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article imageOp-Ed: ‘Wimmin’s’ Liberation at the British Library

By Alexander Baron     Apr 1, 2013 in Politics
London - The British Library is exploring the "Wimmin’s Liberation Movement" through an oral history archive. If you thought this was about education, think again.
If you thought the loony wimmin's movement was about nubile young things burning their bras, dream on. This movement that aims to liberate wimmin - as opposed to women - is really a form of class war, which as you know depends on oppressed minorities rising up to overthrow their oppressors. Women, who make up 51% of the adult population and outlive men in the UK by more than four years, are an oppressed minority? Yep. Some of them also appear to suffer from an identity crisis. Take the testimony of Pragna Patel of Southall Black Sisters; she thinks she is black when clearly she is Asian. Very few ethnic Indians consider themselves black, especially those who were booted out of Uganda by Idi Amin in 1972, but in politically correct parlance, "black" means anyone who is not white, and don't let's mention that sick American euphemism "people of color". Yuk!
Enough of Pragna, but what of her organisation, Southall Black Sisters? According to its accounts filed with the Charity Commission, in 2011, this trust received £60,012 from Comic Relief. Which is certainly apt, because its campaigns are a joke. According to an article in the Guardian two years ago: "The charity campaigns for and offers practical support to women escaping domestic violence and forced marriages...[it] support[ed] Kiranjit Ahluwalia, imprisoned for murdering her violent husband...[and] successfully challenged the legal definition of provocation".
For "imprisoned for murdering her violent husband" read "she killed him, but he deserved it". This was in fact a very high profile case, but for those unfamiliar with it, she burned him to death, an act that according to the July 1992 Court of Appeal judgment took considerable preparation. Granted, he did have a history of violence against her, a claim that was supported by both her doctor's notes and two civil injunctions, but this begs the question why didn't she simply leave him? She was not just an educated woman but a graduate.
True, a man shouldn't beat his wife - except with a rod no thicker than his thumb, no, not really, that is yet another feminist hoax - but it remains to be seen if this was a proportionate response. Southall Black Sisters were instrumental in "liberating" Kiranjit Ahluwalia, but they had less success with Zoora Shah. This is hardly surprising as she attempted on more than one occasion to poison her married lover, solicited his murder, and falsely accused another man of raping her. When Southall Black Sisters arrived on the scene they set about manufacturing an entirely new defence for her from scratch, which was rejected by the Court of Appeal, although she has since been parolled.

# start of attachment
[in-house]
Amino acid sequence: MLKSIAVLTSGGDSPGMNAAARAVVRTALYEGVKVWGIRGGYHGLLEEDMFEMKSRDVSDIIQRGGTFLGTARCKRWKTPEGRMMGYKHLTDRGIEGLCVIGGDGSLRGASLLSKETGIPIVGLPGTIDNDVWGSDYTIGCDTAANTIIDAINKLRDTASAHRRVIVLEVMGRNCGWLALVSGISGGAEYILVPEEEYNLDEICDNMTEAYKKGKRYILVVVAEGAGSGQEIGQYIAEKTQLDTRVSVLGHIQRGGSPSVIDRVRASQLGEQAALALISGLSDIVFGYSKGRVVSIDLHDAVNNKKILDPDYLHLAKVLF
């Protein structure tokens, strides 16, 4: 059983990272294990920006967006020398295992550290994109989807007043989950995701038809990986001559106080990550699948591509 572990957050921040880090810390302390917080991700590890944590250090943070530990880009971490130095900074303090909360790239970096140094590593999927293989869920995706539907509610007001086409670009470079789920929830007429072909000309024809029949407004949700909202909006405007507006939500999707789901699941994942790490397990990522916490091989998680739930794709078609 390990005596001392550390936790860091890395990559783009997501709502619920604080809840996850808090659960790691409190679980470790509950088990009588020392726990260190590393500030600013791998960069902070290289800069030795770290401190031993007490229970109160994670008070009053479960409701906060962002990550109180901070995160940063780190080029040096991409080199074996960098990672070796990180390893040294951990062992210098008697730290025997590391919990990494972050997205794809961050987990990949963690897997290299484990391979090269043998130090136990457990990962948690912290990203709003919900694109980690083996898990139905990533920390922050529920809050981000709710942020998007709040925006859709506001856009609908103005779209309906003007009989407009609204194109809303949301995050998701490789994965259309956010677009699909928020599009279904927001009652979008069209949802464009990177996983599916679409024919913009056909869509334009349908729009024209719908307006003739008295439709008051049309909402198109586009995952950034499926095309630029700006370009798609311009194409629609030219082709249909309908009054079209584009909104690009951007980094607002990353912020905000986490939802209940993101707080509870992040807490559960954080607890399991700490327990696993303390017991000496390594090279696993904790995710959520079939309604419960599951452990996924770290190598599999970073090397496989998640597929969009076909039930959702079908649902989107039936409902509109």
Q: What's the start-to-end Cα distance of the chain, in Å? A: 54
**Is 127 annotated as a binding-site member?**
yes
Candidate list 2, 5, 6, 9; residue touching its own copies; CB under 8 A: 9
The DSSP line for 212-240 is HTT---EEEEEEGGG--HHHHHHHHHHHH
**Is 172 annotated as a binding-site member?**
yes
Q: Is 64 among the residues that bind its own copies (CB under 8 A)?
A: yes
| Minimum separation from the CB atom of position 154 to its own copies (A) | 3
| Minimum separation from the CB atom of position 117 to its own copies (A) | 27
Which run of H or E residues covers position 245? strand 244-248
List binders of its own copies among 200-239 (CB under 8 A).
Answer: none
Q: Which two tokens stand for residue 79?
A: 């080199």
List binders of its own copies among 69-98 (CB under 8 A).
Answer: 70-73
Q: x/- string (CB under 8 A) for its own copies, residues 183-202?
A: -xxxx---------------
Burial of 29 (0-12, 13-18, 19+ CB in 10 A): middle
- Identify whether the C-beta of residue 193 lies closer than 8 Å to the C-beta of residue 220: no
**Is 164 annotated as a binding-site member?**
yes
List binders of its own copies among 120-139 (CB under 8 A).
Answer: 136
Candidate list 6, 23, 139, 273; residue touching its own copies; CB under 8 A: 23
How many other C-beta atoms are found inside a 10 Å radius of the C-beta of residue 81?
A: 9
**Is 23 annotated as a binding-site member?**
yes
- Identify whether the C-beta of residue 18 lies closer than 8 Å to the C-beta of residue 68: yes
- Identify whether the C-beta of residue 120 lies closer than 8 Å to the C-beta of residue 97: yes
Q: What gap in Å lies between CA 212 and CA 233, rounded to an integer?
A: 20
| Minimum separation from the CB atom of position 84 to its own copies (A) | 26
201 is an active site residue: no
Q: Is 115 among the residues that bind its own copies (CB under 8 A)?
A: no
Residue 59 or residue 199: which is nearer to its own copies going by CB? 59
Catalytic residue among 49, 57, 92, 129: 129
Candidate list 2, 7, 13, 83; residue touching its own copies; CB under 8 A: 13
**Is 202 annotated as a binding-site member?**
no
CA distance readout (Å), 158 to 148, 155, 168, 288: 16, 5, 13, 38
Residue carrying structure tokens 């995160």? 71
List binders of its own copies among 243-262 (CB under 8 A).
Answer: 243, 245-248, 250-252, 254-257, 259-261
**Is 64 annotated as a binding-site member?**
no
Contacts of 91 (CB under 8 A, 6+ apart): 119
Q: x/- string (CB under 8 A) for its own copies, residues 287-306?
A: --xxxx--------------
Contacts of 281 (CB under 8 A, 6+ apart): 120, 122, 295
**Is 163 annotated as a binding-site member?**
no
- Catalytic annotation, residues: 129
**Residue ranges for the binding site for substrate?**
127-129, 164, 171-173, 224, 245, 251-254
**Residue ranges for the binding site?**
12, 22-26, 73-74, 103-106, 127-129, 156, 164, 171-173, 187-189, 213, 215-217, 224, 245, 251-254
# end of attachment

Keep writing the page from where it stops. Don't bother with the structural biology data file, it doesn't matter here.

The version of this case published on their website plays footloose and fancy free with the actual facts.
An altogether different kettle of fish from Pragna and co is Caitlin Moran, who describes herself as a funny feminist. She certainly is, but not for the reasons she thinks.
Caitlin's idea of paradise is a world in which 50% of politicians are women, ditto 50% of bankers. What about 50% of serial killers? Or more prosaically 50% of our prison populations?
Let's stay with this. Although it fluctuates, at present in the UK there are 80,533 males and 3,968 females in prison. And the explanation for that staggering difference is? Let's ask another question, if there were 20 times more black men behind bars pro rata for white men, what would the usual suspects be crying? So is this a case of institutional sexism, or something entirely different?
The simple fact is that men and women are not equal, rather they are biological inequivalents. The failure to recognise this prosaic fact insults men and does women no good in the real world. This does not of course mean there should be no equality under the law, but this is something that should be applied with common sense, something that is far from common in the dreamy academic spires which the likes of Miss Moran inhabit, and where facts are ruthlessly subjugated to ideology. Anyone reading feminist histories should bear this in mind. Even when they appear on the website of the institution whose proud motto is "The world's knowledge".
This opinion article was written by an independent writer. The opinions and views expressed herein are those of the author and are not necessarily intended to reflect those of DigitalJournal.com
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